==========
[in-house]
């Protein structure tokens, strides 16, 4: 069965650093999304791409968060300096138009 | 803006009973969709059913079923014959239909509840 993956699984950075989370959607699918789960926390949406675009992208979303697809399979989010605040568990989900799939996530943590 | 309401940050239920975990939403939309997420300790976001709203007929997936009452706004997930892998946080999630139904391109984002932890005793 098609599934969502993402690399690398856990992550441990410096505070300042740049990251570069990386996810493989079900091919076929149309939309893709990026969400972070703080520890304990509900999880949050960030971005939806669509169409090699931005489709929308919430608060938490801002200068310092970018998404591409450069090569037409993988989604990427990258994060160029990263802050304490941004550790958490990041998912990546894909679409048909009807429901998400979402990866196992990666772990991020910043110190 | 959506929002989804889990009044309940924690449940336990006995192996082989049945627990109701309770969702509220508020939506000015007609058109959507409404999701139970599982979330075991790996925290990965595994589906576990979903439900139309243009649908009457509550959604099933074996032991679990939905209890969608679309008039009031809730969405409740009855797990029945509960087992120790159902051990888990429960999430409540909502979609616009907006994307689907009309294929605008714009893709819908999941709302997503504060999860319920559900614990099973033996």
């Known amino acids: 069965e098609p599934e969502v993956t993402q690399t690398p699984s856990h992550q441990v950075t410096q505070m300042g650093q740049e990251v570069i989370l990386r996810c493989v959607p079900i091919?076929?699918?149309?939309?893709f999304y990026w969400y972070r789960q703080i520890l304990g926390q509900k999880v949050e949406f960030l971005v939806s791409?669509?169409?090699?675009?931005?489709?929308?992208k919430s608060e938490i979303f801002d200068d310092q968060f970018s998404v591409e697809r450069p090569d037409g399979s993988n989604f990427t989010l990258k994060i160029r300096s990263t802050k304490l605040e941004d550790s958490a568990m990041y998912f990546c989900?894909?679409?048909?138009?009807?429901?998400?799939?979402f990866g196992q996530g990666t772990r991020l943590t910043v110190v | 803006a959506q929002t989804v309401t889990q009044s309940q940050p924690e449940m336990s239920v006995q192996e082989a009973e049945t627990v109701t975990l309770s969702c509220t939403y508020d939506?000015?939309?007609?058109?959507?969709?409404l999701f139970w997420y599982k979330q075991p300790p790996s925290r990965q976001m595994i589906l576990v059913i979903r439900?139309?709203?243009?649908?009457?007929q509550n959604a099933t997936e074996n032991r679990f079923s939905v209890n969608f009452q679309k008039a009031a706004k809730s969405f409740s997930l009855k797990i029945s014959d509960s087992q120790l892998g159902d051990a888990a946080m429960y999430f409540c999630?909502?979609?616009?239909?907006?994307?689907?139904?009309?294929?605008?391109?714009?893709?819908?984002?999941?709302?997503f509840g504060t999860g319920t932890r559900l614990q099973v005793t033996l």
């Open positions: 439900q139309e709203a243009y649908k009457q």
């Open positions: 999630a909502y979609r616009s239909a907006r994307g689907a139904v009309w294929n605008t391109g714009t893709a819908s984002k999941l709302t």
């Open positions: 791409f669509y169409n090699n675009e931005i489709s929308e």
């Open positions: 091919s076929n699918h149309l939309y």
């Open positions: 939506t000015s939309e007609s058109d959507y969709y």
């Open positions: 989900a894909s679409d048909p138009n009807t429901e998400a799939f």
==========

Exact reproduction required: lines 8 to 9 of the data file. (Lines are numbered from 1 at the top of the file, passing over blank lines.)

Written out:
């Open positions: 939506t000015s939309e007609s058109d959507y969709y």
């Open positions: 989900a894909s679409d048909p138009n009807t429901e998400a799939f």